Coexistence converges at film festival in Iraqi Kurdistan

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Article Summary
The films at the Duhok International Film Festival in Dahuk, Iraqi Kurdistan, show how conflict and trauma are hallmarks of collective memory in the region, from Tunisia to Palestine to Iraq.

Now in its seventh year, Iraq's Duhok International Film Festival (DIFF) has become Iraq’s preeminent event that brings cult films from the Middle East to the region's multicultural city, Dahuk. Between Sept. 9 and Sept. 16, the festival features 110 films and six panels.

The theme of this year’s festival is coexistence and acceptance, with a focus on films from across the Middle East. Shawkat Amin Korki, the festival’s artistic director and a well-known film director, told Al-Monitor, “[Dahuk] is a city situated in a region that has been the cradle of various religions, ethnicities and languages. With this theme, we want to underline that genuine coexistence is possible yet fragile.”

Other festival staff highlighted that cinema acts as crucial social infrastructure; diverse groups convene together and can understand one another and become more tolerant. Korki sees cinema as a tool for coexistence. “The two are deeply connected. A good film enables you to understand the feelings of your friends and enemies. That is key to coexistence,” he said.

From Tunisia to Palestine to Iraq, conflict and trauma are hallmarks of collective memories in the region. French-born Syrian director Soudade Kaadan will compete in the World Cinema Feature section with her wildly mercurial film, "The Day I Lost My Shadow," which won the Lion of the Future Award at the Venice Film Festival. “I am looking forward to feature my film here. I have always felt that the story would resonate more with an audience that has felt war before,” Kaadan told Al-Monitor when asked about the festival’s focus on coexistence between fragile communities. At its core, the film focuses on a mother trying to cook for her son during the coldest winter in Syria. “This very human struggle can be applied almost anywhere and particularly here," she said.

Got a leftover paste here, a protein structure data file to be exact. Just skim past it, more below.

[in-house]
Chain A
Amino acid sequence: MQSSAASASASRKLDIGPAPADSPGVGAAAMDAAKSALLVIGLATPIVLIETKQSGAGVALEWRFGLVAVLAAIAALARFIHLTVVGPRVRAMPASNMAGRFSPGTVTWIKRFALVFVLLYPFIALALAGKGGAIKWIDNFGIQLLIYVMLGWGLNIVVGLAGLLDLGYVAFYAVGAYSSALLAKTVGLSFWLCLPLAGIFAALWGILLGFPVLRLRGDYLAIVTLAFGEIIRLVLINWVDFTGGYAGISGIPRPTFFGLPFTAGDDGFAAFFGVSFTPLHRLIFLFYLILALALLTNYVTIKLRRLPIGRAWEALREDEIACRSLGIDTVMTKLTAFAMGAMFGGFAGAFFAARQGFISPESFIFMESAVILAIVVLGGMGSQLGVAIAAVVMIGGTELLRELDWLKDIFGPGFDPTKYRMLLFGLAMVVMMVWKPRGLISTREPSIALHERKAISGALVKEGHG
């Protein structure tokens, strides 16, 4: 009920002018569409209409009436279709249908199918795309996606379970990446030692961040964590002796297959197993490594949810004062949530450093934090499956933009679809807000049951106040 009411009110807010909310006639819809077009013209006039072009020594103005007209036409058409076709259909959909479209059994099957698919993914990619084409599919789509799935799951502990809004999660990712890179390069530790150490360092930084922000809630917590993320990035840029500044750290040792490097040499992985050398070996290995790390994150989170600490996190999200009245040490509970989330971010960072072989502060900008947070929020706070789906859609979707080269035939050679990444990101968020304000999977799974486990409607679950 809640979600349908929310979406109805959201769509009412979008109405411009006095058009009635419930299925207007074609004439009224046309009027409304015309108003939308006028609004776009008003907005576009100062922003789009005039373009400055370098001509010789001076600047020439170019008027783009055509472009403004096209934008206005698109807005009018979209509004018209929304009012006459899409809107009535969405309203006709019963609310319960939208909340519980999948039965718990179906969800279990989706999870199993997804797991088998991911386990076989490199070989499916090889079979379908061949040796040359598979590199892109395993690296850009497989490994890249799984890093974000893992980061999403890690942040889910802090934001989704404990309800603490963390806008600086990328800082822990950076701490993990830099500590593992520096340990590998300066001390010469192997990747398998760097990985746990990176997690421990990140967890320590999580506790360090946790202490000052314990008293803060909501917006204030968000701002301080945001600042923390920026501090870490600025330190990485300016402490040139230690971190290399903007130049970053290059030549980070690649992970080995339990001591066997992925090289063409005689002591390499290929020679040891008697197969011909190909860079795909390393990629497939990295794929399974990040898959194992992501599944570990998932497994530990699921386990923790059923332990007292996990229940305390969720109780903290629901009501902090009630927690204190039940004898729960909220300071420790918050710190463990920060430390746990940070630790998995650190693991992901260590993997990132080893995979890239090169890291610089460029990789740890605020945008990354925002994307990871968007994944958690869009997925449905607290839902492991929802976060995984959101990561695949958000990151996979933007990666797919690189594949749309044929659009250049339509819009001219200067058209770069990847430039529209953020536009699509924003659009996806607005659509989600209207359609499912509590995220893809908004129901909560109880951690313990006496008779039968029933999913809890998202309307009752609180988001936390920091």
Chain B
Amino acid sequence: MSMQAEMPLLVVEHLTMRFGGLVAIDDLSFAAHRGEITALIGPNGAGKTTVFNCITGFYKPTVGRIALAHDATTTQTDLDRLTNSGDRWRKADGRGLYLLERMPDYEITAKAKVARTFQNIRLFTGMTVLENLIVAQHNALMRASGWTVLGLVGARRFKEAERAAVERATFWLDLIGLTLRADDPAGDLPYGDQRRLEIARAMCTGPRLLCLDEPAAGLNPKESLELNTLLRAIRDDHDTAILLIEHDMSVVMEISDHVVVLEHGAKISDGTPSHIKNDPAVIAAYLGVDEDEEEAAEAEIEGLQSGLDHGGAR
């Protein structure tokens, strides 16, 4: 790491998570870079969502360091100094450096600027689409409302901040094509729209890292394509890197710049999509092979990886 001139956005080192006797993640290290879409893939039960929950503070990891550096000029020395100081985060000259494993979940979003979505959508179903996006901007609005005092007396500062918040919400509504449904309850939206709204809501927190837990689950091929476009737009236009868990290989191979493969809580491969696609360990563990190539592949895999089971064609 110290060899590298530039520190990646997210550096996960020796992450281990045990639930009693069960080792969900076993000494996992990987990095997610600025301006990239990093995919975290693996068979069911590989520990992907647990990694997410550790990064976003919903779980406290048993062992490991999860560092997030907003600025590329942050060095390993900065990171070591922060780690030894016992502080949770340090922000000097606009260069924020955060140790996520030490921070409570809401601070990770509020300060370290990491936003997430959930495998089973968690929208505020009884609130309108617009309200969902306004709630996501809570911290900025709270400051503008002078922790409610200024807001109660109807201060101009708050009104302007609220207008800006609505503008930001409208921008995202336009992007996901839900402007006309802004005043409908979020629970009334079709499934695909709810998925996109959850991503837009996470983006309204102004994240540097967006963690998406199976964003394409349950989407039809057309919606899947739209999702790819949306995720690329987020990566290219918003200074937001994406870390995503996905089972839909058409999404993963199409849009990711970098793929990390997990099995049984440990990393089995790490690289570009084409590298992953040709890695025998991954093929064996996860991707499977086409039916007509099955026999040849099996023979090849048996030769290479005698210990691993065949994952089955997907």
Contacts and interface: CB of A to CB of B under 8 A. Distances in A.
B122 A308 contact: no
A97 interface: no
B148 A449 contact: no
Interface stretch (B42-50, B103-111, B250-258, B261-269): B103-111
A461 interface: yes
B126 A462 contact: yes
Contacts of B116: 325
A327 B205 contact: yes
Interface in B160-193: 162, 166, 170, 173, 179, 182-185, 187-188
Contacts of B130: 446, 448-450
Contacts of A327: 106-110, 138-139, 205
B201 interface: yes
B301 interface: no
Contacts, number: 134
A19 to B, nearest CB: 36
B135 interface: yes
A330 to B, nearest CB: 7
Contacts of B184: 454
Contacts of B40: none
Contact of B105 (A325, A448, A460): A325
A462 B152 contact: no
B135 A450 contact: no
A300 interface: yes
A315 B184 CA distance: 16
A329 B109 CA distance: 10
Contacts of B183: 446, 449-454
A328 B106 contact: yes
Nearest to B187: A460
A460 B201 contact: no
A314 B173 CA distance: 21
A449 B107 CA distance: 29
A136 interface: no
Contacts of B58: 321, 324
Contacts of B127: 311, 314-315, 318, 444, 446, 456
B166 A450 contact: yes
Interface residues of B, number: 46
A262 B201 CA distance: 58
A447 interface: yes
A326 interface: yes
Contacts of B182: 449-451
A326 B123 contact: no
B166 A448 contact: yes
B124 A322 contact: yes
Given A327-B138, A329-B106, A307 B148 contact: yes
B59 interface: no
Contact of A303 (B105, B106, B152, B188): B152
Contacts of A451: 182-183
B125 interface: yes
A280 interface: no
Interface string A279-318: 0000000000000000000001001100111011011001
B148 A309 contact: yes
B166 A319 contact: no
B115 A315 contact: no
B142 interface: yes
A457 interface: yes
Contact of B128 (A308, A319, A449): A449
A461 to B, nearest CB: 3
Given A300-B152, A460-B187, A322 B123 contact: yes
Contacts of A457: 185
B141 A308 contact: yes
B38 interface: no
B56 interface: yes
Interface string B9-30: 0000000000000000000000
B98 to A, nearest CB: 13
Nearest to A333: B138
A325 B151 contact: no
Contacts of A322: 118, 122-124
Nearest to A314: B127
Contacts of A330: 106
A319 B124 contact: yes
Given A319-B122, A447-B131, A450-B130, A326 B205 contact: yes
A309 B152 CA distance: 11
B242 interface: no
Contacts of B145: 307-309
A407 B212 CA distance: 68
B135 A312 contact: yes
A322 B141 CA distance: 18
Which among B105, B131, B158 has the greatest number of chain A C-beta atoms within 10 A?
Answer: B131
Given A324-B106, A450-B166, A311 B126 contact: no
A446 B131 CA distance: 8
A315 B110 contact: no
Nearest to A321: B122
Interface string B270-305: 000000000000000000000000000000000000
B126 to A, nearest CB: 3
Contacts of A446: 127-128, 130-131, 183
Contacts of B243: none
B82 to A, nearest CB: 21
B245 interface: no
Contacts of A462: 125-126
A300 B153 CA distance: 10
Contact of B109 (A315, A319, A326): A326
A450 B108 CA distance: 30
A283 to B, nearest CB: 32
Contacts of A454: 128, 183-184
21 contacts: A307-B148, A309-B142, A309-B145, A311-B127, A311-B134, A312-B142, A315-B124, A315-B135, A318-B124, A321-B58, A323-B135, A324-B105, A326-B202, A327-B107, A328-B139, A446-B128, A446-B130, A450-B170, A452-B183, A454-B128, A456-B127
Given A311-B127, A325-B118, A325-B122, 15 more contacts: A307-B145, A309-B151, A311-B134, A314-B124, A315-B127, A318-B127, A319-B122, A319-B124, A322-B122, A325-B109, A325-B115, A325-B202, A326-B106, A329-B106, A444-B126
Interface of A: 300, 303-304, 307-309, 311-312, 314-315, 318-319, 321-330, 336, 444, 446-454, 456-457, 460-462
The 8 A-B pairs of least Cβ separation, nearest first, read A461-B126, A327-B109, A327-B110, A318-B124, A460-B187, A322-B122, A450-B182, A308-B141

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Kaadan walked away from a successful career in documentary filmmaking because she felt she could not be objective behind the camera and that only fiction could express the fog she was facing. “The war made me feel that I lost my shadow so I started writing a magical realism story,” she said, which cuts between mundane acts of kindness and the freakish, exceptional trauma people experience during war. “Those who survive war are still alive but without a shadow.”

Palestinian director Annemarie Jacir employs laugher to engage with her audience. Her film "Wajib," which is part of the festival’s Focus Country section follows a mismatched duo of a traditional father and his spirited expat son who deliver family wedding invitations in Nazareth. Jacir told Al-Monitor, “This is a small story from Palestine, about a father and son living in a very specific context. But family tension is the same all over the world.” She believes "Wajib" will receive a strong reception at DIFF, “not just because of the strong family connection but also because we share a common history of being the underdog, of seeing our region being torn apart, and insisting to go forward with our lives and still have hope for more despite the blackness surrounding us.”

The festival comes at a time that Iraq is reeling from a war that extremists waged to eliminate exactly the social diversity that reflects the breadth of history of the country. In July, Nobel laureate Nadia Murad blamed ongoing tension between the central government in Baghdad and the autonomous Kurdistan Region in Erbil as the key reason for displaced Iraqis to return back to their homes. However, the two sides now seem to be trying to improve their relations.

One panel at the festival this week will explore how the two can cooperate to grow Iraq’s film industry.

DIFF will also feature films that promote harmony within Iraq. In "Son of Babylon" a boy and his grandmother travel through the country to search for answers about his father who went missing during the Gulf War in 1991. This film will resonate with Iraqis who know someone who went missing, which was recently estimated at between 250,000 to 1 million. The director, Baghdad-born Mohamed Al Daradji, told Al-Monitor, “The audience will experience how human voices are still heard, even during the chaos of war.”

The festival opened Sept. 9 with the film "Camion" about a young Yezidi woman and her son fleeing to Iran after the Islamic State invaded their village. Nada Azhari Gillon, an Arab and Asian film critic, was ecstatic about the rest of the festival. A member of this year’s jury on Kurdish Cinema, she sees this as a unique opportunity to watch Kurdish cinema due to often limited distribution in the region. “Just one film can change your thoughts,” she told Al-Monitor, “about anything and anyone.”

Joshua Levkowitz writes on conflict and culture in the Middle East for various outlets, including The Atlantic and USA Today, as well as the Middle East Institute. He is based in Sulaimaniyah, Iraq.

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